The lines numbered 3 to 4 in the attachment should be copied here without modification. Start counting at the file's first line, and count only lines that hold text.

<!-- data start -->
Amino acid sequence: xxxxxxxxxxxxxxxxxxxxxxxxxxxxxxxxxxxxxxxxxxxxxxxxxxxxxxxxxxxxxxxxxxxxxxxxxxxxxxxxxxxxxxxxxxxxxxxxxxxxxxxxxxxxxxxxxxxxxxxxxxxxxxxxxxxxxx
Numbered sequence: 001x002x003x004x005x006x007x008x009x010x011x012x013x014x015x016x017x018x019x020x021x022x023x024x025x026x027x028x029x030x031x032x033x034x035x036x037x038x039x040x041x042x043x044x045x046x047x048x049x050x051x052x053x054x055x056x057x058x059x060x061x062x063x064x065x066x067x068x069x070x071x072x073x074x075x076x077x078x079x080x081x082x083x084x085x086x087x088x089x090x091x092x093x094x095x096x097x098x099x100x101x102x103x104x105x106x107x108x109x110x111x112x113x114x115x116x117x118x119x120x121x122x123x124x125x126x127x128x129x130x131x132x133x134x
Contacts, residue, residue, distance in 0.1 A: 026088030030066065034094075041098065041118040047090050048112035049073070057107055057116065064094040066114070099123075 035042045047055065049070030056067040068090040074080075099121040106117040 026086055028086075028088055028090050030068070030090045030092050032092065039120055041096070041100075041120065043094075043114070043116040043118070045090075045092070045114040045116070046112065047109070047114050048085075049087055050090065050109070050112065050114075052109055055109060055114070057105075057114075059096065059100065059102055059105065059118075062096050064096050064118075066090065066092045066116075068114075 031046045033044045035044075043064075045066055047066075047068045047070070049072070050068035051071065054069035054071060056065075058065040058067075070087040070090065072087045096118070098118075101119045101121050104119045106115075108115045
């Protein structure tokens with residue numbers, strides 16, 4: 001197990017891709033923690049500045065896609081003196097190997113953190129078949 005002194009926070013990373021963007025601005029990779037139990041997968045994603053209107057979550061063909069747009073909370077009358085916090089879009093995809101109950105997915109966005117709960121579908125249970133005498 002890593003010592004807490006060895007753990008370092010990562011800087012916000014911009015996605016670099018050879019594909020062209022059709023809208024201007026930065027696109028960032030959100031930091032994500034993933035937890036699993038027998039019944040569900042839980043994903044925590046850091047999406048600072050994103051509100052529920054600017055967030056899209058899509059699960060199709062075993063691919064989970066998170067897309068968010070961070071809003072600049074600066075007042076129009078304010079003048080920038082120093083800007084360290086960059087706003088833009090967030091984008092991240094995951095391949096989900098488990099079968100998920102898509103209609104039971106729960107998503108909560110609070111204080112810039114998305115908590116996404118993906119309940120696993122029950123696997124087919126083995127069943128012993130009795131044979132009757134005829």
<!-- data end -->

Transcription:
Contacts, residue, residue, distance in 0.1 A: 026088030030066065034094075041098065041118040047090050048112035049073070057107055057116065064094040066114070099123075 035042045047055065049070030056067040068090040074080075099121040106117040 026086055028086075028088055028090050030068070030090045030092050032092065039120055041096070041100075041120065043094075043114070043116040043118070045090075045092070045114040045116070046112065047109070047114050048085075049087055050090065050109070050112065050114075052109055055109060055114070057105075057114075059096065059100065059102055059105065059118075062096050064096050064118075066090065066092045066116075068114075 031046045033044045035044075043064075045066055047066075047068045047070070049072070050068035051071065054069035054071060056065075058065040058067075070087040070090065072087045096118070098118075101119045101121050104119045106115075108115045
């Protein structure tokens with residue numbers, strides 16, 4: 001197990017891709033923690049500045065896609081003196097190997113953190129078949 005002194009926070013990373021963007025601005029990779037139990041997968045994603053209107057979550061063909069747009073909370077009358085916090089879009093995809101109950105997915109966005117709960121579908125249970133005498 002890593003010592004807490006060895007753990008370092010990562011800087012916000014911009015996605016670099018050879019594909020062209022059709023809208024201007026930065027696109028960032030959100031930091032994500034993933035937890036699993038027998039019944040569900042839980043994903044925590046850091047999406048600072050994103051509100052529920054600017055967030056899209058899509059699960060199709062075993063691919064989970066998170067897309068968010070961070071809003072600049074600066075007042076129009078304010079003048080920038082120093083800007084360290086960059087706003088833009090967030091984008092991240094995951095391949096989900098488990099079968100998920102898509103209609104039971106729960107998503108909560110609070111204080112810039114998305115908590116996404118993906119309940120696993122029950123696997124087919126083995127069943128012993130009795131044979132009757134005829």